"The demonstrations were calm and massive", recalls Buxhovi. "However, the police used violence against the demonstrators, as a result of which a young man was killed and several others were injured. The organizers of the demonstrations, Ismail Dumoshi, their leader, along with many others were imprisoned and sentenced to many years of imprisonment.

Precisely from these protests, he started to take a stand for the independence of Kosovo, parallel to the dominant will to unite with Albania. So, there was talk now about a state-forming process, which aimed for Kosovo as a republic to be within the framework of federal Yugoslavia.

"The slogan 'Kosovo-Republika' became the ideological guide of the people and the most complete form of the request for equality in the Federation, but outside the framework of the Republic of Serbia", wrote Shkodran historian Sami Repishti. "Such a logical definition responded well to Kosovo's demands - equality without changing international borders - and raised the political level of the movement; the Kosovars already had a specific objective, historically justifiable, and not aggressive and revolutionary, which could not be opposed with reason, despite the threat of Serbian military violence".

Since then, the Albanians had not stopped seeking the advancement of the status in the Republic, even though many were those who had cost them their lives. With this request, they were also led in the protests of '81, which were started spontaneously by students in the canteen in Pristina. It was violently repressed by the police, but it caused the demonstration organized on March 11, which started a chain of others. The request for the creation of a republic of Albanians in Yugoslavia was presented as a strategic need of the time, to preserve the national identity of the Albanians and to create preconditions for secession from Yugoslavia.

246 murders, 10 thousand convictions

In the first four years after the demonstrations, 4 people were convicted by state bodies. During the period 1981-1990, as a result of the chain of demonstrations, 183 civilians and 63 Albanian soldiers were killed in the Yugoslav Army. 1.346 soldiers and about 10 civilians were convicted for political offenses. Some 3.500 people have served an average prison sentence of 7,1 years.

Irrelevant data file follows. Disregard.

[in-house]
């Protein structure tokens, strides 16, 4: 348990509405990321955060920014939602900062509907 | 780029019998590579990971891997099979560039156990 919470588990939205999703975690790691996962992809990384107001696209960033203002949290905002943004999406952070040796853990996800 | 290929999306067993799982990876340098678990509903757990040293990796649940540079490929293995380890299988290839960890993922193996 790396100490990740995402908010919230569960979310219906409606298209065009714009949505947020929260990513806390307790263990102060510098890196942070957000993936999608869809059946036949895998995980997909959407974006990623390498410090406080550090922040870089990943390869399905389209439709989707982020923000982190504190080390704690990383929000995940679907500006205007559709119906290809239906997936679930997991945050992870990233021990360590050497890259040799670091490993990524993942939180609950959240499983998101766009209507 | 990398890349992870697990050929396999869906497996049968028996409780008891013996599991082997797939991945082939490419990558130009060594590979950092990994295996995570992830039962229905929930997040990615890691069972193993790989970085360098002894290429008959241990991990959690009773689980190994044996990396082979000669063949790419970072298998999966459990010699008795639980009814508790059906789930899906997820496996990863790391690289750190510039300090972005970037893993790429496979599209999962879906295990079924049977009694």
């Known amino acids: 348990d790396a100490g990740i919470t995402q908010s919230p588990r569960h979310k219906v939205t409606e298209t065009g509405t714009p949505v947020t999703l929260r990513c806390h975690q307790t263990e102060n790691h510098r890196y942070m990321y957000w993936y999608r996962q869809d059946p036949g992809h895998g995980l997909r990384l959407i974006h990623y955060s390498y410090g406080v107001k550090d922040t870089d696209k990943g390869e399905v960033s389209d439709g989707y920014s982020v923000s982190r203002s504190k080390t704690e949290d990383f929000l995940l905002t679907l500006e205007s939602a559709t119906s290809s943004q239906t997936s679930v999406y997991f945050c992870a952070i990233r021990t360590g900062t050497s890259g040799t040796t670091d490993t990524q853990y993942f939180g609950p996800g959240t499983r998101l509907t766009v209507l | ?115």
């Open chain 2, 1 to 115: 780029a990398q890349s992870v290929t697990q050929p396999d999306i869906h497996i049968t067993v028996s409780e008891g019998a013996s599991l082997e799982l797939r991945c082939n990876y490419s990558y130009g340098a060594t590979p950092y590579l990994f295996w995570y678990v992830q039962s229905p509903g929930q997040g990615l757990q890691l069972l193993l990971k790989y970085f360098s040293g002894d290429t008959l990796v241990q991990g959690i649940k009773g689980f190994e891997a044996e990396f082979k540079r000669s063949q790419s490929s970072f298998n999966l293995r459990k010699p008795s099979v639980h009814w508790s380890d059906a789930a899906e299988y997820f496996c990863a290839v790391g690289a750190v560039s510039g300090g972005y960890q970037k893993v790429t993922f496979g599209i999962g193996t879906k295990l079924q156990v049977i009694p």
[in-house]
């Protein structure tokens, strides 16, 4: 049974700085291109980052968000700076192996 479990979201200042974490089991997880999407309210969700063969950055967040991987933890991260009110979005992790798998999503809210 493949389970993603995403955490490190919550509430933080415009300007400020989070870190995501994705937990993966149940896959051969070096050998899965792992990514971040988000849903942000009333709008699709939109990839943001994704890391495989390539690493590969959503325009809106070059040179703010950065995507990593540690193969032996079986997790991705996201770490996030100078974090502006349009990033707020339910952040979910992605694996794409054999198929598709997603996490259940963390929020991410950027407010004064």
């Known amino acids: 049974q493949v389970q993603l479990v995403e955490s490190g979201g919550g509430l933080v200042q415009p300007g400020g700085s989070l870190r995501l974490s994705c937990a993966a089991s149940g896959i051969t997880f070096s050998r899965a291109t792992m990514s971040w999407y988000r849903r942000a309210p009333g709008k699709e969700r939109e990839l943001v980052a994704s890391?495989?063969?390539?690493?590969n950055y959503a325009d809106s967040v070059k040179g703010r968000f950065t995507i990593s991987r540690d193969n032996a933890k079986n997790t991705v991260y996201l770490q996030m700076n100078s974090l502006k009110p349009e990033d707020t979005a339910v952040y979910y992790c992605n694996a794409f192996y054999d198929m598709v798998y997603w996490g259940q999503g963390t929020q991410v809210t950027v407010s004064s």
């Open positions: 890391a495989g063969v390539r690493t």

Based on the data of human rights organizations, every third Albanian in Kosovo has been mistreated by the police, while in 1990 over 7.000 schoolchildren and students, mostly women, were poisoned.

After these circumstances, at the beginning of the 90s, peaceful resistance began in the declared Republic, which received the response of the Serbian state with increased repression, mass expulsions from workplaces and from schools and universities.

A little less than a decade under these conditions, the Kosovo Liberation Army took up arms in an attempt to secede from Serbia. The soldiers had not sworn for the Republic of Kosovo.

"I, the soldier of the Kosovo Liberation Army, swear that I will fight for the liberation of the Albanian lands and their unification. I will always be a loyal soldier, a worthy freedom fighter, vigilant, courageous and disciplined, ready to fight at any time without even sparing my life to protect the sacred interests of the homeland. If I break this oath, let me be punished by the harshest laws of war, and if I betray, let my blood be shed. I swear, I swear, I swear!" is their oath.

The war, which ended with the capitulation of Serbia after NATO's 78-day military intervention, left about 15 Albanians dead. It also left 5 missing, most of whom were found in mass cemeteries in Kosovo and Serbia, hidden by the Milosevic regime. He left somewhere around 20 thousand raped women.

And it produced only one UN resolution, which put Kosovo under international temporary administration.